• Reserve the robotaxi for the entire day and leave all your belongings in the car during the meetings.

In many ways the “The Moving Office” will be competing with rental cars rather than taxis.

The final report of the team can be found here:

The Figma prototype of the app can be found here:

Families and kids

While ordering a taxi for underage kids is not supported by the official Bolt policy, from user interviews the group learned that it is a very common usage pattern. Parents often use Bolt taxis to take their children back from school or to after school activities. To better support this use-case the team designed the robotaxi experience especially for families with kids.

The key idea was to give the robotaxi AI a personality - Scooby Doo in the example. Kids communicate with a familiar cartoon character in a language they understand. The app included many features to make the experience smoother for both kids and their parents:

  • The kid could ask the taxi to honk or flash lights, to make sure they pick the right car.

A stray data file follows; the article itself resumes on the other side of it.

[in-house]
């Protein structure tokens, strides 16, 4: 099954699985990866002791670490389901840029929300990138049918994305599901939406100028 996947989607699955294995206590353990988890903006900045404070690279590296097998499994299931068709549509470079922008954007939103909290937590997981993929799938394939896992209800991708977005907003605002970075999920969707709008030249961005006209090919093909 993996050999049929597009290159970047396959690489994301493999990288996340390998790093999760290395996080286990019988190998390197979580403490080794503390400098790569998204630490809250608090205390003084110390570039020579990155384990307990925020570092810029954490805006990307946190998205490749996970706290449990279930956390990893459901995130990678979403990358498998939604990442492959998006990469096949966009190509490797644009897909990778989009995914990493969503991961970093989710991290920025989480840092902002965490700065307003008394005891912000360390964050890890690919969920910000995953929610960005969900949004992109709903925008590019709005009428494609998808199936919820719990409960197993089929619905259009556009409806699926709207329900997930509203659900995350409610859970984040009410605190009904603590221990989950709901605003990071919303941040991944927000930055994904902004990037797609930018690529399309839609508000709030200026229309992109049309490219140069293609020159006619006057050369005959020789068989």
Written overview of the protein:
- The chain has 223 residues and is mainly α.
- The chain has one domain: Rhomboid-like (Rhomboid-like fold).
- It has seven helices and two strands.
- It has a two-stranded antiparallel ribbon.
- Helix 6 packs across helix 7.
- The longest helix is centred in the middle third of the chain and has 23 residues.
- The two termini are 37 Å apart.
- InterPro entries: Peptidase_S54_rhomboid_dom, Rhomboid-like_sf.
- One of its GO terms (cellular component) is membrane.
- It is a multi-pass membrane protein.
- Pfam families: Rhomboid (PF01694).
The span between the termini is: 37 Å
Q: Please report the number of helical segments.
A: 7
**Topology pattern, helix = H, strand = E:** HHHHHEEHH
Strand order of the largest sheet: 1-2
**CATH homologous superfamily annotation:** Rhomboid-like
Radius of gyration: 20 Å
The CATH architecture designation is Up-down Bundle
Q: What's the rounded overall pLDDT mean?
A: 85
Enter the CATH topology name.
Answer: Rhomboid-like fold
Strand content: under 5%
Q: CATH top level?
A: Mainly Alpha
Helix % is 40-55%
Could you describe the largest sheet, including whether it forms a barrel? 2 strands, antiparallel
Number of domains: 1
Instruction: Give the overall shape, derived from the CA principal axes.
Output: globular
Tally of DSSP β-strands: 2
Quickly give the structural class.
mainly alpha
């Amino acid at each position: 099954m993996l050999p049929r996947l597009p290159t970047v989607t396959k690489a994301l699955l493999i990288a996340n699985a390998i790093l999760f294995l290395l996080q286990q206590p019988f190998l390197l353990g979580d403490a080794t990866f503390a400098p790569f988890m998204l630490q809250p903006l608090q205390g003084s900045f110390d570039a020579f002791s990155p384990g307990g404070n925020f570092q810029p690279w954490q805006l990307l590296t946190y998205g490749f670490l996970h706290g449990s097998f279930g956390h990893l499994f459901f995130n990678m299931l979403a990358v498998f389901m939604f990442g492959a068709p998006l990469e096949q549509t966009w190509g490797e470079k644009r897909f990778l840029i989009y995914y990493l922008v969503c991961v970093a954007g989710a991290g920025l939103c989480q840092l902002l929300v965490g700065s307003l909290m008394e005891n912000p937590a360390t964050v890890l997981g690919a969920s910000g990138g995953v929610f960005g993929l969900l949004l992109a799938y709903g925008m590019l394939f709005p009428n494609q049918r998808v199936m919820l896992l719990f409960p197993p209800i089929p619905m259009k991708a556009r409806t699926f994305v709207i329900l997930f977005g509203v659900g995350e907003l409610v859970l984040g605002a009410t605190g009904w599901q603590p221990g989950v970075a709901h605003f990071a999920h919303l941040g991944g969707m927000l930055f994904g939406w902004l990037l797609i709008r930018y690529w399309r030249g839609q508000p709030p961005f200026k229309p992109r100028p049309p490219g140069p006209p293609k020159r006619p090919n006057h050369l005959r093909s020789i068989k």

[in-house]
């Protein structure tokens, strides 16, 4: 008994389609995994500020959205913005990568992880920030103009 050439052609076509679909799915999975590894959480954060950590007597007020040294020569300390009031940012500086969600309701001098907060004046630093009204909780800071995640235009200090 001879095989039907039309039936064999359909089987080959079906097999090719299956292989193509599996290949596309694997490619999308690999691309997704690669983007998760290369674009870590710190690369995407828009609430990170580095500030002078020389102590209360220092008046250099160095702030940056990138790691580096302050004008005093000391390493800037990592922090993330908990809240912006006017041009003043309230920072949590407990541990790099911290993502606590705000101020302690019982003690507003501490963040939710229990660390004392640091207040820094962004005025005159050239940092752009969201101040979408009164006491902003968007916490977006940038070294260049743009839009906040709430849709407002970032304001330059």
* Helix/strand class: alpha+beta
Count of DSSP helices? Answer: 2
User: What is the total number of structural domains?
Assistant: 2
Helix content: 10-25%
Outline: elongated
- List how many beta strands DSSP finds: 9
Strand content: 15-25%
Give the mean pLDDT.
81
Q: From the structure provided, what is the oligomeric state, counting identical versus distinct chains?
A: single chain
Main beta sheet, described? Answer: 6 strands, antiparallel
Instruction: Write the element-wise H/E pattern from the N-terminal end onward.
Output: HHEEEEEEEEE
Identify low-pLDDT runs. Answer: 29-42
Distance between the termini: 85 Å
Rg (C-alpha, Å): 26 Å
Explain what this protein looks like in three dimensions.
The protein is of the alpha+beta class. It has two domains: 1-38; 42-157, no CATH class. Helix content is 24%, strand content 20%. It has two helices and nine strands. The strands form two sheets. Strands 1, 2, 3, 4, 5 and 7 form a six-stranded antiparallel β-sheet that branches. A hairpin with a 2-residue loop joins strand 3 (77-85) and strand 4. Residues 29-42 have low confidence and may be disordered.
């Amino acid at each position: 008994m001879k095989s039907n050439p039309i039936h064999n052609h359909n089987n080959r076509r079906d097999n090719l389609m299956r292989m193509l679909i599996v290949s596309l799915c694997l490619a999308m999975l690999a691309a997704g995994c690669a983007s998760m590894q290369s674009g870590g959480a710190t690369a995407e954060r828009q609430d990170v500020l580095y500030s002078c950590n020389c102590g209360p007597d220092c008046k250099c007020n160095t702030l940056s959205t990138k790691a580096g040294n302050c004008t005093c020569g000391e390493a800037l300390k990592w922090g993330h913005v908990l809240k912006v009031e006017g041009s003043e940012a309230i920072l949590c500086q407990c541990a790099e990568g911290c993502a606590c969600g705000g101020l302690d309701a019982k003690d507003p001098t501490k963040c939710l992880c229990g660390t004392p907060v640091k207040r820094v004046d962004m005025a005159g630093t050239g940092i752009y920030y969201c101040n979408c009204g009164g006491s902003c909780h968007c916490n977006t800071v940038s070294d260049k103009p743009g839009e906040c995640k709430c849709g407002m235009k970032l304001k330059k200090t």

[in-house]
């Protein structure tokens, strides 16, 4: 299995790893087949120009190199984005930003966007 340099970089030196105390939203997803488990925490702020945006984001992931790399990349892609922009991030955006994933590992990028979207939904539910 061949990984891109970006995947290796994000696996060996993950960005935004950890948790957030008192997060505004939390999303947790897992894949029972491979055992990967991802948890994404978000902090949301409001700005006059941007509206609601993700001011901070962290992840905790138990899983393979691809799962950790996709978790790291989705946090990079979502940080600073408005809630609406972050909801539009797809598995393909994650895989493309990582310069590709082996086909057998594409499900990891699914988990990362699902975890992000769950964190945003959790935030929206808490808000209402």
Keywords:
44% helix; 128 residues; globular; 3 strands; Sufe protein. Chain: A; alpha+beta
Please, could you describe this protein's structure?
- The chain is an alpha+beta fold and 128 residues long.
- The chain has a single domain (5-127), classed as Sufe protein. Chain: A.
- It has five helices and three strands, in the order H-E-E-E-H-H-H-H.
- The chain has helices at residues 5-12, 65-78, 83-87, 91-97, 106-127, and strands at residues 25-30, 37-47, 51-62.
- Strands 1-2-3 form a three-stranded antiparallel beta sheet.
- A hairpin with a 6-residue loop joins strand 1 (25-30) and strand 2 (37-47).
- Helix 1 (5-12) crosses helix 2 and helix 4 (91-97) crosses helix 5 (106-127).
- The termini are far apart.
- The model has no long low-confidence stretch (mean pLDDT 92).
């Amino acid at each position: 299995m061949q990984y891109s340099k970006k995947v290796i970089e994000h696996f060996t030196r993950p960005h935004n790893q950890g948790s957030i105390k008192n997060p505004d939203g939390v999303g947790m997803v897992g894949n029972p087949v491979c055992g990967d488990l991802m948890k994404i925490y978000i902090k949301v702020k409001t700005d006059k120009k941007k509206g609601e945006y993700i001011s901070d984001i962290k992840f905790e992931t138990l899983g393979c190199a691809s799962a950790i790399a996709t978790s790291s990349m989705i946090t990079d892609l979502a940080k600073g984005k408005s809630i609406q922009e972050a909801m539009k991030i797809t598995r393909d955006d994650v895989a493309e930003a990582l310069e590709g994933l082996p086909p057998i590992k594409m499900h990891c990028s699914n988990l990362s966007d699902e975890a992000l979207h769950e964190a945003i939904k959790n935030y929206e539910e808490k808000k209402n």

• The parents could keep track of their kid to ensure their wellbeing at all times.
  • The app offers some collectibles to keep the kid engaged during the ride.

The final report of the team can be found here:

The parent view Figma prototype can be found here:

The child view Figma prototype can be found here:

Elderly people

From the user interviews it became quickly clear that any new technology induces anxiety in elderly people. Therefore making sure they feel safe and in control at all times seemed especially crucial. Also elderly people might need physical assistance in getting into the car or fastening the seat belt. In practice a family member is usually giving a ride to their elders, so convincing them to switch to robotaxi is probably going to be challenging. Nevertheless the team did their best to deliver the least intimidating experience for them.